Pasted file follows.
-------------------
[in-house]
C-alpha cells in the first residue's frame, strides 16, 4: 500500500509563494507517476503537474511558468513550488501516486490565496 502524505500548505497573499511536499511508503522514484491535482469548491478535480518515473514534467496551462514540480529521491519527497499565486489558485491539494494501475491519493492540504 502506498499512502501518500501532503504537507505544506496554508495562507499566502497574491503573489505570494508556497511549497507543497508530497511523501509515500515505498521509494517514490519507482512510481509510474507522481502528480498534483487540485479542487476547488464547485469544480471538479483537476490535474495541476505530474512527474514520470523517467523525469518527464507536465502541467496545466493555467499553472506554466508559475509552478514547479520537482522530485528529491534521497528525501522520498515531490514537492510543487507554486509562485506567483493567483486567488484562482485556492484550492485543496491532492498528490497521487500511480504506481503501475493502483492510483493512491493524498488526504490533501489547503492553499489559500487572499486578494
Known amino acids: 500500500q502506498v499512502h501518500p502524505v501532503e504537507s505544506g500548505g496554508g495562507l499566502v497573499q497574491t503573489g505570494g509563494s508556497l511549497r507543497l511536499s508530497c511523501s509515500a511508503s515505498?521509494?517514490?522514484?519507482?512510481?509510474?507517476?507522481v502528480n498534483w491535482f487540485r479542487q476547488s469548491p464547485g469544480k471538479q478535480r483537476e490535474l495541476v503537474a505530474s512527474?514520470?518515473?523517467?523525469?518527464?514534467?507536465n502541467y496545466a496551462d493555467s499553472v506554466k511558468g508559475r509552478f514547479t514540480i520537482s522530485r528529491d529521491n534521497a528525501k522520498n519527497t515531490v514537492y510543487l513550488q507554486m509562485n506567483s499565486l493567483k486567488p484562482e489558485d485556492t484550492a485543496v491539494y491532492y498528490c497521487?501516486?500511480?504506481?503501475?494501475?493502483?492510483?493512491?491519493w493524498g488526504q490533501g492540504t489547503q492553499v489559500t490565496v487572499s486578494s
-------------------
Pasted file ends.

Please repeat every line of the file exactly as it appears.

[in-house]
C-alpha cells in the first residue's frame, strides 16, 4: 500500500509563494507517476503537474511558468513550488501516486490565496 502524505500548505497573499511536499511508503522514484491535482469548491478535480518515473514534467496551462514540480529521491519527497499565486489558485491539494494501475491519493492540504 502506498499512502501518500501532503504537507505544506496554508495562507499566502497574491503573489505570494508556497511549497507543497508530497511523501509515500515505498521509494517514490519507482512510481509510474507522481502528480498534483487540485479542487476547488464547485469544480471538479483537476490535474495541476505530474512527474514520470523517467523525469518527464507536465502541467496545466493555467499553472506554466508559475509552478514547479520537482522530485528529491534521497528525501522520498515531490514537492510543487507554486509562485506567483493567483486567488484562482485556492484550492485543496491532492498528490497521487500511480504506481503501475493502483492510483493512491493524498488526504490533501489547503492553499489559500487572499486578494
Known amino acids: 500500500q502506498v499512502h501518500p502524505v501532503e504537507s505544506g500548505g496554508g495562507l499566502v497573499q497574491t503573489g505570494g509563494s508556497l511549497r507543497l511536499s508530497c511523501s509515500a511508503s515505498?521509494?517514490?522514484?519507482?512510481?509510474?507517476?507522481v502528480n498534483w491535482f487540485r479542487q476547488s469548491p464547485g469544480k471538479q478535480r483537476e490535474l495541476v503537474a505530474s512527474?514520470?518515473?523517467?523525469?518527464?514534467?507536465n502541467y496545466a496551462d493555467s499553472v506554466k511558468g508559475r509552478f514547479t514540480i520537482s522530485r528529491d529521491n534521497a528525501k522520498n519527497t515531490v514537492y510543487l513550488q507554486m509562485n506567483s499565486l493567483k486567488p484562482e489558485d485556492t484550492a485543496v491539494y491532492y498528490c497521487?501516486?500511480?504506481?503501475?494501475?493502483?492510483?493512491?491519493w493524498g488526504q490533501g492540504t489547503q492553499v489559500t490565496v487572499s486578494s